It wasn’t enough to just do the side quests that interested me. I had to constantly go to forts to kill, loot and burn whatever I could, find cultists around the world, just to get my Mysthios at the desired level. Perhaps not everything needs to be covered, but it’s enough to take up hours of your time to merely raise a level or two. At one point, I got sick of all the grinding, so I took my character (who was a couple of levels lower than the main quest’s recommendation) to just go for it and prove that the game is wrong for underestimating me.
After all, it was possible in Horizon Zero Dawn and Witcher 3, which I consider to be perfect examples in the action RPG genre of how a game can let the players let their skills do the talking, if their stats are high enough.
It did not go so well. I got slaughtered. Being underleveled in this game is difficult, as your character will take much less hits to die. However, you deal significantly lower damage to even the most normal of enemies who may just be a SINGLE level above you, making for some frustratingly drawn-out combat.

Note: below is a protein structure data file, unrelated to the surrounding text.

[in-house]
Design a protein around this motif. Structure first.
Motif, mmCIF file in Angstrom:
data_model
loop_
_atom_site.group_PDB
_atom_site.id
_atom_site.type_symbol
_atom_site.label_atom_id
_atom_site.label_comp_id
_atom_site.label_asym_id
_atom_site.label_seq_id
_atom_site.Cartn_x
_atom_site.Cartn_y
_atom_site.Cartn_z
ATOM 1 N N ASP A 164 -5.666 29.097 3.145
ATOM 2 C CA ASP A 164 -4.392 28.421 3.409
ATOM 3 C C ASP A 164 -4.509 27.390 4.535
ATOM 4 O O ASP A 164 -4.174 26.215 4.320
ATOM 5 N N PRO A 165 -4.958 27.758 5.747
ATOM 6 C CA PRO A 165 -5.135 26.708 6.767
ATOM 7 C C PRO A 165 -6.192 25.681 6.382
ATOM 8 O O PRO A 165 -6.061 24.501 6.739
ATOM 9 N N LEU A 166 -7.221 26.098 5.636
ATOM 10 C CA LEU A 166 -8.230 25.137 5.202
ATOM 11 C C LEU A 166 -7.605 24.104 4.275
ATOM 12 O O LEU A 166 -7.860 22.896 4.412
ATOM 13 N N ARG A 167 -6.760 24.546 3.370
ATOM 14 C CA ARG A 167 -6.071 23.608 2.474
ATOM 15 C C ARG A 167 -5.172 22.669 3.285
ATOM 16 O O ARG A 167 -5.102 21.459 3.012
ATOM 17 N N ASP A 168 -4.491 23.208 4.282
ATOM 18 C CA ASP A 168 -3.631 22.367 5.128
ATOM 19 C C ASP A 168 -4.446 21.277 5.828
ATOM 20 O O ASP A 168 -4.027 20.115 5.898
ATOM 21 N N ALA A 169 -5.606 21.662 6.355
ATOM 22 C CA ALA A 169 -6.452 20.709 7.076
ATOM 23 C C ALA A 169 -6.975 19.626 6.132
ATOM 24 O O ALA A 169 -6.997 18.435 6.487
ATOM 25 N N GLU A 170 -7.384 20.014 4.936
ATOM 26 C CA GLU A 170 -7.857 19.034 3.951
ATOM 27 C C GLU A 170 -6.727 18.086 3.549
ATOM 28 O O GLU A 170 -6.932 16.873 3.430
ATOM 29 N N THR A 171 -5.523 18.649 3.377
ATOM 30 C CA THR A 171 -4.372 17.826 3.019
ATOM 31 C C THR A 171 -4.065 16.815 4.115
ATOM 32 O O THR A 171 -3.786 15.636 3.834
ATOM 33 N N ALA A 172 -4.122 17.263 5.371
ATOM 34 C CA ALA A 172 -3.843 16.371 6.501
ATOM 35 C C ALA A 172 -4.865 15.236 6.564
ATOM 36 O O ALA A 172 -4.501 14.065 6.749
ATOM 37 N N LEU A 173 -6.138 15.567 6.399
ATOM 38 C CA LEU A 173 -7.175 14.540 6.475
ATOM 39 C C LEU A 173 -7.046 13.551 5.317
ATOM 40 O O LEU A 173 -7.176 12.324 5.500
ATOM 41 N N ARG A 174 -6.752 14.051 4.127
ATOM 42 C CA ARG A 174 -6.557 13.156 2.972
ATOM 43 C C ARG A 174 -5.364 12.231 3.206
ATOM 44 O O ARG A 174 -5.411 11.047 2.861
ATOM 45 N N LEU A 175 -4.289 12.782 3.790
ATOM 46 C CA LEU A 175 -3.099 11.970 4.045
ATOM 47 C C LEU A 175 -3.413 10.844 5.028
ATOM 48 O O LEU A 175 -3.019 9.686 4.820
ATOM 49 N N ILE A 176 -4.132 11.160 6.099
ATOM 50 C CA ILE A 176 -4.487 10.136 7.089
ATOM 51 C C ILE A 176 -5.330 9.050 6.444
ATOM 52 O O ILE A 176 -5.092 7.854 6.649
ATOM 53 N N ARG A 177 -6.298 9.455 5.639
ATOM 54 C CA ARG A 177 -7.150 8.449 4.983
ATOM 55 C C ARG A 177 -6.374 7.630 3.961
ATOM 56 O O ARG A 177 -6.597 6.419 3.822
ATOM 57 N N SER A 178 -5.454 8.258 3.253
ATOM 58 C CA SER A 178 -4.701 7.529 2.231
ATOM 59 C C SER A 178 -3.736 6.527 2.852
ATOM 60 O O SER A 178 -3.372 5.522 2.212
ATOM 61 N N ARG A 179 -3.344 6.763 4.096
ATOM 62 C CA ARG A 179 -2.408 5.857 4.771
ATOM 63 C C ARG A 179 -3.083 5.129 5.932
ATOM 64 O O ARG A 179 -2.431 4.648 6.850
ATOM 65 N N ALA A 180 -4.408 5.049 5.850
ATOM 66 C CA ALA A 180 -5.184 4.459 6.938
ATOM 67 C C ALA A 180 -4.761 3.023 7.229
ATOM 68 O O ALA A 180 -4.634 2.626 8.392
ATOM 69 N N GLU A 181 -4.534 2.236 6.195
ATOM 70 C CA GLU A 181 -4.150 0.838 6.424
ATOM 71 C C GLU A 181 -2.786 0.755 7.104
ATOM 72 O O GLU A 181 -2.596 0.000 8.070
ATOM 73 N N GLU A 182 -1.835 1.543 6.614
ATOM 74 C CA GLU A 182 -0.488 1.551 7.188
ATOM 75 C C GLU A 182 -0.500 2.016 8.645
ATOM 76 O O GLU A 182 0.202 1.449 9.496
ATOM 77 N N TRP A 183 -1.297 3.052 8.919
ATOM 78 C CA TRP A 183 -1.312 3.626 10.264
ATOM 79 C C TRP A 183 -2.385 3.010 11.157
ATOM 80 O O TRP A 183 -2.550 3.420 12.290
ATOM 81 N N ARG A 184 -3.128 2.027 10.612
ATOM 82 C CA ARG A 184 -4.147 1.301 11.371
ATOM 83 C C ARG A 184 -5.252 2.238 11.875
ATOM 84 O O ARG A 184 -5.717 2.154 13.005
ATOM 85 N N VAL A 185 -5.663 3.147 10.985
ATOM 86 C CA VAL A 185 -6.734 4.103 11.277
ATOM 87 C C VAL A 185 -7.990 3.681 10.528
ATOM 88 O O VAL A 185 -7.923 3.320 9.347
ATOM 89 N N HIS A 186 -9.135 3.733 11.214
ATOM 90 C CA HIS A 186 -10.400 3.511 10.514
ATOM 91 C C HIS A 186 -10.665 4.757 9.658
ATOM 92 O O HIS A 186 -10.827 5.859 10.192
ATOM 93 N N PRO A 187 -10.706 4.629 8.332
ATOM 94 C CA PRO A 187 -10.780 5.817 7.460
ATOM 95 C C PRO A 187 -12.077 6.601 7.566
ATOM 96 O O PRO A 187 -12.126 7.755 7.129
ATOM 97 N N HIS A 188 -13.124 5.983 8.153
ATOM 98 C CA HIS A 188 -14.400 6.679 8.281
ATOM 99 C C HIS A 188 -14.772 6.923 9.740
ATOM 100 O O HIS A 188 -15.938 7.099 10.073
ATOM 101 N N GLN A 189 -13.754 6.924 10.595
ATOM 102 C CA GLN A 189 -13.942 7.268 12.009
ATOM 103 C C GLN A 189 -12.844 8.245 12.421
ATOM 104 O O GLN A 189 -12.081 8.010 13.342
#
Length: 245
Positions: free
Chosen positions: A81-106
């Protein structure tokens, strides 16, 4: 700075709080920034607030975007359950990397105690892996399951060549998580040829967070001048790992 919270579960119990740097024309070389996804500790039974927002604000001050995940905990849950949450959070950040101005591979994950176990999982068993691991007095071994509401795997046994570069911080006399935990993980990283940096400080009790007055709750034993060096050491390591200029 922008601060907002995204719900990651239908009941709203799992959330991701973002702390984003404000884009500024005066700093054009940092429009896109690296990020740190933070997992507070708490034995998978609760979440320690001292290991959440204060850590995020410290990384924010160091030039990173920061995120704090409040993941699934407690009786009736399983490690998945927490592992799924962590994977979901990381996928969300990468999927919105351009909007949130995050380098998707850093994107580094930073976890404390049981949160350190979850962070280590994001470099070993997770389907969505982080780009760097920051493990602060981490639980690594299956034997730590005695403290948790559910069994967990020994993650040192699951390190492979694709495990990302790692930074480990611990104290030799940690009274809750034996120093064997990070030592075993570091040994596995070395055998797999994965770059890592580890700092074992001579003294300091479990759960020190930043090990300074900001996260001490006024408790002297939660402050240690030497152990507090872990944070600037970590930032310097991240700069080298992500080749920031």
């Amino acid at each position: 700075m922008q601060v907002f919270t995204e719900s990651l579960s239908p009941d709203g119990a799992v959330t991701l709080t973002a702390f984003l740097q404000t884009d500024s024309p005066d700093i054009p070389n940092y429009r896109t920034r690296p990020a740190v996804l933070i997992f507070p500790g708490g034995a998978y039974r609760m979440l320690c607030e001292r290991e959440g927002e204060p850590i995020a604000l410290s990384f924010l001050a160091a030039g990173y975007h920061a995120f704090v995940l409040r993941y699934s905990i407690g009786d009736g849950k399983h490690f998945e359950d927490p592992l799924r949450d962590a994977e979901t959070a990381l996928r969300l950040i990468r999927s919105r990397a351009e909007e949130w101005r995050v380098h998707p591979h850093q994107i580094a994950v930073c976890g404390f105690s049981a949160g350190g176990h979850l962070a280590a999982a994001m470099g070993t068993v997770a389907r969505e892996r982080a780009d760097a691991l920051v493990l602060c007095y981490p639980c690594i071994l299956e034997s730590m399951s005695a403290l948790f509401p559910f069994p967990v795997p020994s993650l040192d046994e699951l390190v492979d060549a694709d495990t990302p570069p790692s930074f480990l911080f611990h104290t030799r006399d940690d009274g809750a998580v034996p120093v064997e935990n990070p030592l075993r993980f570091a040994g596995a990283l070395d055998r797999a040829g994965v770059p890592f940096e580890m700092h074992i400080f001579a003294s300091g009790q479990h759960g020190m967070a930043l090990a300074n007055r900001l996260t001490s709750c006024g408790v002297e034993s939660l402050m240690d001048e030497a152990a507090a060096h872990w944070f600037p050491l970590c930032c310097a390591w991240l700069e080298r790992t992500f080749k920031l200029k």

It’s easy to lose your patience and mess up the timing of the counterattacks because these encounters shouldn’t be so time-consuming and sometimes, I just wanted the seemingly endless poking with the spear to end. Making matters worse, you rarely fight them one on one, so be prepared to get sick of hitting that R1 a button a lot.